Experiencing Authentic Neapolitan Pizza

Experiencing Authentic Neapolitan Pizza

The best Neapolitan pizza balances tradition and quality. Here are tips to recognize the real thing:

Identify Genuine Neapolitan Pizza

  • Made according to AVPN standards
  • Baked 60-90 seconds in wood-fired oven
  • San Marzano tomatoes, fresh mozzarella
  • Soft, puffy crust with charred cornicione

Expectations

  • Aromas of yeast and baking bread
  • Sweet and bright San Marzano tomato sauce
  • Delicate, silky fresh mozzarella
  • Light and airy crust with yeasty, complex flavors

Eating Tips

  • Fold and tear pizza slices rather than cutting
  • Eat pizza with your hands
  • Savor individual components – crust, cheese, sauce, basil
  • Pair with a dry white wine like Greco di Tufo

Sustainability and Ethical Considerations

Making Neapolitan pizza more eco-friendly aligns with its artisanal roots.

  • Local ingredients reduce transport emissions
  • Renewable oven fuels like fruitwood pellets
  • Responsible water usage
  • Fair labor practices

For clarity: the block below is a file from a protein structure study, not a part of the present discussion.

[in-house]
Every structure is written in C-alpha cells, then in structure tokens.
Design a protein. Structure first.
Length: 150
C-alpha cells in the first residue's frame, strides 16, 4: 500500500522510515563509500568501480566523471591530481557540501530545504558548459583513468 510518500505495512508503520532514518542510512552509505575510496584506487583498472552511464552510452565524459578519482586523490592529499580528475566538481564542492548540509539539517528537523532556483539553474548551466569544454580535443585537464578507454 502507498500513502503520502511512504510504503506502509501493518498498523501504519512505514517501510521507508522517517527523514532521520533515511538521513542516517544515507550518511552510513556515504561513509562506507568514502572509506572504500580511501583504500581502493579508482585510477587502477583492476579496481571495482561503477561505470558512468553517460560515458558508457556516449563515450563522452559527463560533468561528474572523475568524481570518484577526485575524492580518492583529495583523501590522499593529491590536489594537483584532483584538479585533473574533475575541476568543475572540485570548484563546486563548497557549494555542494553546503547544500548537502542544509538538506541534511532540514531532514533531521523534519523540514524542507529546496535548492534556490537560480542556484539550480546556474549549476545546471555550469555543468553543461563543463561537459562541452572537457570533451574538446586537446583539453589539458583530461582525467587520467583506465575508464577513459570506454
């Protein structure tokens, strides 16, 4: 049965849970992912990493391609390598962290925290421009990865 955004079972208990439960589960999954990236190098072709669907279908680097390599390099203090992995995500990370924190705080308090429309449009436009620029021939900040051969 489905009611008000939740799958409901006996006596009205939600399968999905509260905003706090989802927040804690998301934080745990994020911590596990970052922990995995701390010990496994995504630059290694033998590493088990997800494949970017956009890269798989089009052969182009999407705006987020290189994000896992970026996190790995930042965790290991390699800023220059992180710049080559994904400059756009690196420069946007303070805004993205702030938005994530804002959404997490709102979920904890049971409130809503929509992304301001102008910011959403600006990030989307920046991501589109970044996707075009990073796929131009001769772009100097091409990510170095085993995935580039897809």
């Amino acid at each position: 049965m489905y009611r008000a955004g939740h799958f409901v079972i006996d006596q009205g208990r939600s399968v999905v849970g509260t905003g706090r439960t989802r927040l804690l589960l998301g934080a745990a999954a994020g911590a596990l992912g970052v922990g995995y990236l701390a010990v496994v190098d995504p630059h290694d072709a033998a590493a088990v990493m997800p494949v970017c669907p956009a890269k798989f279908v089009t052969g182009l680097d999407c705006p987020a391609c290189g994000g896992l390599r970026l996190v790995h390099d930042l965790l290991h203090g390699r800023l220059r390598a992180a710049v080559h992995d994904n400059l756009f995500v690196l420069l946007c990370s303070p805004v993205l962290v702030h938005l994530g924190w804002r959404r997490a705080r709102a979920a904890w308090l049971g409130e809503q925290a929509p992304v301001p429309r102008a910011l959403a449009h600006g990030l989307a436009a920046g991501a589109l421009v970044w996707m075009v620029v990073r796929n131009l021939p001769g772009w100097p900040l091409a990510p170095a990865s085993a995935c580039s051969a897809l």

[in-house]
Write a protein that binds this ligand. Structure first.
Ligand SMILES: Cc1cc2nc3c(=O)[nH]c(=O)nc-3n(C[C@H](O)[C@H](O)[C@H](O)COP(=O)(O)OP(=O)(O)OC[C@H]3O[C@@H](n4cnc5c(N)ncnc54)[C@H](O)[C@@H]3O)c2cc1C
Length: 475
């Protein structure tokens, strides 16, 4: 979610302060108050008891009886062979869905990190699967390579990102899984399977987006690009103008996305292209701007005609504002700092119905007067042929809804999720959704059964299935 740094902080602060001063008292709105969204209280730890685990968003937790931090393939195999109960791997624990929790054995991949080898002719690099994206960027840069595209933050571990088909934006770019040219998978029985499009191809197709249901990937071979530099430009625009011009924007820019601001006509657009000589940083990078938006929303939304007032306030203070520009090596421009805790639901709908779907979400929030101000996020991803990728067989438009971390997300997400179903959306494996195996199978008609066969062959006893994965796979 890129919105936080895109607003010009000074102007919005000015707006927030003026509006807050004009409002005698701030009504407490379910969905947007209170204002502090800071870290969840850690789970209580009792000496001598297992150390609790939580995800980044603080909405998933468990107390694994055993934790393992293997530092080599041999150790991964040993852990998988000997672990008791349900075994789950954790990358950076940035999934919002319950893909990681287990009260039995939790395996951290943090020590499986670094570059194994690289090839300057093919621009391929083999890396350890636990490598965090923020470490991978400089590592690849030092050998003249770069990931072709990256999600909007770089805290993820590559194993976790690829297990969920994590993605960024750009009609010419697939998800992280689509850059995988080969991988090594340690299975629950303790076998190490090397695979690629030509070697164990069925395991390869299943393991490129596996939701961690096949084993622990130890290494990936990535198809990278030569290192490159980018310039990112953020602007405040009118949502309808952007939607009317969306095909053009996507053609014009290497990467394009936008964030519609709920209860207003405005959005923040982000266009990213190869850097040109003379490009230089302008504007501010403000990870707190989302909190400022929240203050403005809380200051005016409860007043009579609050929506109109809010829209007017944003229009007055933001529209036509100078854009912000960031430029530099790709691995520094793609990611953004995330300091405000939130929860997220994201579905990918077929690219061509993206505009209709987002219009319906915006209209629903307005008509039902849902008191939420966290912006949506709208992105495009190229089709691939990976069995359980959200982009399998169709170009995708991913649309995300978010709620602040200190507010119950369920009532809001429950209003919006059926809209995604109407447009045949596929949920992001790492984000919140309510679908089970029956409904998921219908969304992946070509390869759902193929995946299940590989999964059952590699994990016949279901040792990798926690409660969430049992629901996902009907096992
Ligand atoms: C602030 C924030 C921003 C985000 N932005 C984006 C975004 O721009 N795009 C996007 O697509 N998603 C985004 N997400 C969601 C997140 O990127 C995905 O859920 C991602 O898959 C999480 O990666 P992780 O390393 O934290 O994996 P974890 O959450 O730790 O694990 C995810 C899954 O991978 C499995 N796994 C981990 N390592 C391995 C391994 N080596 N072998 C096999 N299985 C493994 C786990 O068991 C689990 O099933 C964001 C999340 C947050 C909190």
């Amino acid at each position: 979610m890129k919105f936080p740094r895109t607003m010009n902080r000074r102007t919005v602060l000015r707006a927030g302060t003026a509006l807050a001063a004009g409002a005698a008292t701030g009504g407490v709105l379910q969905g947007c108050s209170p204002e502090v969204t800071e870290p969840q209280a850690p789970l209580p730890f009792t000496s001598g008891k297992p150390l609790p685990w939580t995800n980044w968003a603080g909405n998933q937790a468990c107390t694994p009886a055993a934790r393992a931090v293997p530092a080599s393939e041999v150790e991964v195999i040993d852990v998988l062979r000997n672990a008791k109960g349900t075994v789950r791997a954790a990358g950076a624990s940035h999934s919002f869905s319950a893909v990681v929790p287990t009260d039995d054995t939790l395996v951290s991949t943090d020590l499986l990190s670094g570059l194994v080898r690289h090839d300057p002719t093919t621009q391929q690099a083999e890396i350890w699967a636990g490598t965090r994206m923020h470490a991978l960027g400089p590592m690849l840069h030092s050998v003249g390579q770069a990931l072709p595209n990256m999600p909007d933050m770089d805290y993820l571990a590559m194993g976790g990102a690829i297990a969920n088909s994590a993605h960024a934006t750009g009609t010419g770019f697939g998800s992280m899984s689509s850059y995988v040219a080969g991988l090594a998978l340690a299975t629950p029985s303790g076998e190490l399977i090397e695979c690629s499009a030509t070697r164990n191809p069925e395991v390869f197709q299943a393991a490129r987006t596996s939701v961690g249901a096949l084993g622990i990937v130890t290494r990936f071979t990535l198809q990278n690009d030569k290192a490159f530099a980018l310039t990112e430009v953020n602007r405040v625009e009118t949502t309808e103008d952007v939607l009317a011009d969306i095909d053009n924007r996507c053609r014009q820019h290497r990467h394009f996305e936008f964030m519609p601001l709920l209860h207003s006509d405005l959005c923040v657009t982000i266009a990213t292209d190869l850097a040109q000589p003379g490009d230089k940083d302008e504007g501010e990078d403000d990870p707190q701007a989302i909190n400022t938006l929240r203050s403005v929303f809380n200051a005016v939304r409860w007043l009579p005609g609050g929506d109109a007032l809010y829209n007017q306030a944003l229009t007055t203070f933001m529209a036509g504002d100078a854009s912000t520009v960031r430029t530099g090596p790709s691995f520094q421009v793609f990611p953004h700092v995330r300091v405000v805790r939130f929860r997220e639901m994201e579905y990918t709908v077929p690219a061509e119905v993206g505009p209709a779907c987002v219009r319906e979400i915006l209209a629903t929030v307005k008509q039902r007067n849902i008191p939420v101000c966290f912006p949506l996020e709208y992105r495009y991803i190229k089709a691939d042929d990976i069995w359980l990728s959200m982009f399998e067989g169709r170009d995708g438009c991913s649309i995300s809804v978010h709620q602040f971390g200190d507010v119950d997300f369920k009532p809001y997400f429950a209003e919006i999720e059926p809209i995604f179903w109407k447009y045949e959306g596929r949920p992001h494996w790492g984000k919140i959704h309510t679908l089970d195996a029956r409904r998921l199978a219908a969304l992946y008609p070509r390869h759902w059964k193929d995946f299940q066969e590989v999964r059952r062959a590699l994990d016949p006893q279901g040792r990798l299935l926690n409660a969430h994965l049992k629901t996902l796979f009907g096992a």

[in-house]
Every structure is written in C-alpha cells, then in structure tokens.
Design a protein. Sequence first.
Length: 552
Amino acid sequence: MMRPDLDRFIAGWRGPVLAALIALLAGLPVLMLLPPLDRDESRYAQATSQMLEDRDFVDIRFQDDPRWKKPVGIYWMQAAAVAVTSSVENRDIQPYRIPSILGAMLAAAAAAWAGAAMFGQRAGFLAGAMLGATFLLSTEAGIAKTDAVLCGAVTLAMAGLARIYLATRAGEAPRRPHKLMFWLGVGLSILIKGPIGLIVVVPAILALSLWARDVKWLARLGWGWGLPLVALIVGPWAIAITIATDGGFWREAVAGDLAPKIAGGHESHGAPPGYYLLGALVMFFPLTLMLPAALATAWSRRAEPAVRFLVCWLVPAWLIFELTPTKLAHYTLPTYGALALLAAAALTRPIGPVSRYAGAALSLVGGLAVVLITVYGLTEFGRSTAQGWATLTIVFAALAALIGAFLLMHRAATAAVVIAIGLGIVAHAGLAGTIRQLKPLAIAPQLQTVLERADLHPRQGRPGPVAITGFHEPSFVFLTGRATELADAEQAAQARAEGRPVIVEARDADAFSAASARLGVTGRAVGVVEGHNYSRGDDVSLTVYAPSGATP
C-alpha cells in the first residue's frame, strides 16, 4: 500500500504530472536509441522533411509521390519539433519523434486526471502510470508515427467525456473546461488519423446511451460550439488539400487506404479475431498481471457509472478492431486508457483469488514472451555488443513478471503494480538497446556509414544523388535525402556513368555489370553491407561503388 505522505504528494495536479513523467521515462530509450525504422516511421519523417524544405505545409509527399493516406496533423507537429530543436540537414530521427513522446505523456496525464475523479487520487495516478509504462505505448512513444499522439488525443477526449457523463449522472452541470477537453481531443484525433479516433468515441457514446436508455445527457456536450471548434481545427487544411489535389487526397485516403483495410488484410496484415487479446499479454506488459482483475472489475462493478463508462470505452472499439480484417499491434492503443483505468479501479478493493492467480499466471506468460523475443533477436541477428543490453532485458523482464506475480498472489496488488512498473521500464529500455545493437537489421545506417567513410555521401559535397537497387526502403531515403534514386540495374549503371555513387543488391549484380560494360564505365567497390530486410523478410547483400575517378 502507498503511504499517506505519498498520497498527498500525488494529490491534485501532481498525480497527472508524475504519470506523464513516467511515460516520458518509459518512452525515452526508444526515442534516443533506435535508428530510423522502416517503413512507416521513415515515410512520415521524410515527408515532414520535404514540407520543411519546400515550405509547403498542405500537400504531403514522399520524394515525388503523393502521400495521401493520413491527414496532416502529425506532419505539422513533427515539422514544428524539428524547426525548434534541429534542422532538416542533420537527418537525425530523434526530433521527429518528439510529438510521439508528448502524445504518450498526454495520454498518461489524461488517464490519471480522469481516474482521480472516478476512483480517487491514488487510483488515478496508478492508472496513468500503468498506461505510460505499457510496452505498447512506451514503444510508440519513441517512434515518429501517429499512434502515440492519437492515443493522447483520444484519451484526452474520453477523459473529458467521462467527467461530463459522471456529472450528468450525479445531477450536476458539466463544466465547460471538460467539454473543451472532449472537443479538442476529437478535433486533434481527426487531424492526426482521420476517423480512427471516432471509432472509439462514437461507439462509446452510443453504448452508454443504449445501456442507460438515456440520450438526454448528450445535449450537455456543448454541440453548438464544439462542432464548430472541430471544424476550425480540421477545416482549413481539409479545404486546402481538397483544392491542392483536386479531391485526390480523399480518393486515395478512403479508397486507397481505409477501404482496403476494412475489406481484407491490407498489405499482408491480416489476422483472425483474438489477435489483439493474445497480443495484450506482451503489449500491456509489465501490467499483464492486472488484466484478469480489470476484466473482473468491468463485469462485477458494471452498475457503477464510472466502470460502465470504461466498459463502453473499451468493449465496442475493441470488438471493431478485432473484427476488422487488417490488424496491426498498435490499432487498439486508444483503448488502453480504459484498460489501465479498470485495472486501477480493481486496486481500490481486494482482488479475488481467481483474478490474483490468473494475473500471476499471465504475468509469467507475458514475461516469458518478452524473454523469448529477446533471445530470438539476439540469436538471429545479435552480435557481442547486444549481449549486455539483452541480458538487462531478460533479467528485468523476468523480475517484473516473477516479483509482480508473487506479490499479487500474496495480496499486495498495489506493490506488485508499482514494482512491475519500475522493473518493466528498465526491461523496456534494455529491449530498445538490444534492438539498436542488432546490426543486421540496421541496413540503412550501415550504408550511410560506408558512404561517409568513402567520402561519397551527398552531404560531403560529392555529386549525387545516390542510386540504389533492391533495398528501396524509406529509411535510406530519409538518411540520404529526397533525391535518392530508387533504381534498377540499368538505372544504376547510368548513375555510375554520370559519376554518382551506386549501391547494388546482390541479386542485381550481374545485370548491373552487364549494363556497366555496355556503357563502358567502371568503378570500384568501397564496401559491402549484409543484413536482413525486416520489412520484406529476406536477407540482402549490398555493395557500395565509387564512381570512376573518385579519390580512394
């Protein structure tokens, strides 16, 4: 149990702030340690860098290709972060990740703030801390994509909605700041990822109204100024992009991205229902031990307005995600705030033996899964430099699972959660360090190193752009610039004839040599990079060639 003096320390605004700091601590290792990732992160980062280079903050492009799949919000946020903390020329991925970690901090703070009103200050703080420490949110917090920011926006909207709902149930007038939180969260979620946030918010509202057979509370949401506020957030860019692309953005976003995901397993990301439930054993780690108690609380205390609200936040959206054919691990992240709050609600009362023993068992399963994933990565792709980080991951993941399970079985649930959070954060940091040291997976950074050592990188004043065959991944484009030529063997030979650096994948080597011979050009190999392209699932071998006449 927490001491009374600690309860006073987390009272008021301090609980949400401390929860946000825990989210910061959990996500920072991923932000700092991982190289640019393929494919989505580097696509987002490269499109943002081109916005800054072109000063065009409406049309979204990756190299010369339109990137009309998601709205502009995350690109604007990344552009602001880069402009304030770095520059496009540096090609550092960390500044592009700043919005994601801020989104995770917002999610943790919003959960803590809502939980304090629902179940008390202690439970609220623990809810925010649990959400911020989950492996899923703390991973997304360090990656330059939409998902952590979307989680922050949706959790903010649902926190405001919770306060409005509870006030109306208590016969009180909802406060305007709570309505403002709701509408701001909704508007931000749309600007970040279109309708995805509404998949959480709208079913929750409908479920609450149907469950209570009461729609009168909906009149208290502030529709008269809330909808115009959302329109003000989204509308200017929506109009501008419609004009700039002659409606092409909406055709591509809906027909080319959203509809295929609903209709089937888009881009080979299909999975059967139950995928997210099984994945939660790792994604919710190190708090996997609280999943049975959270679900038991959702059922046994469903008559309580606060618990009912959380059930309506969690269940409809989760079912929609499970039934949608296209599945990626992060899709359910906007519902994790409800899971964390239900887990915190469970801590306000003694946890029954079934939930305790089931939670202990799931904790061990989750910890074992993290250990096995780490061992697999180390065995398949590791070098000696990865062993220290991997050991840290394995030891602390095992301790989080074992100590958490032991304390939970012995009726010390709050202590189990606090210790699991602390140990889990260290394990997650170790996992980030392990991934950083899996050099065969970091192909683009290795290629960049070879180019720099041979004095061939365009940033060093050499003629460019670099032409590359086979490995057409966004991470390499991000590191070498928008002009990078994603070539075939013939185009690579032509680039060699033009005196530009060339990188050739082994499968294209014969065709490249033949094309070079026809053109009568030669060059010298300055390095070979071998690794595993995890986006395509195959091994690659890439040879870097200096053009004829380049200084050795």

• Engaging customers on sustainability

The Economic and Social Impact of Neapolitan Pizza

Neapolitan pizza generates economic opportunity while fostering social bonds:

Economic Impact

  • Over 120,000 pizzerias employ over 200,000 people in Italy alone, generating €15 billion yearly.
  • Mozzarella di bufala production and San Marzano tomatoes provide jobs and growth in southern Italy.
  • Global pizza market estimated at over $145 billion, with Neapolitan at the core.

Social Impact

  • Multi-generational pizzerias remain cornerstones of communities.
  • Pizza is an equalizer enjoyed across society without barriers.
  • Few foods bring people together to socialize like pizza.

Conclusion: What Is Neapolitan Pizza?

Neapolitan pizza represents a delicate balance between preserving centuries-old tradition and innovating for the future. This heritage continues driving the global passion for original Neapolitan pizza.

The craft, community, and culture enshrining Neapolitan pizza ensure its enduring legacy as the queen of global pizza styles.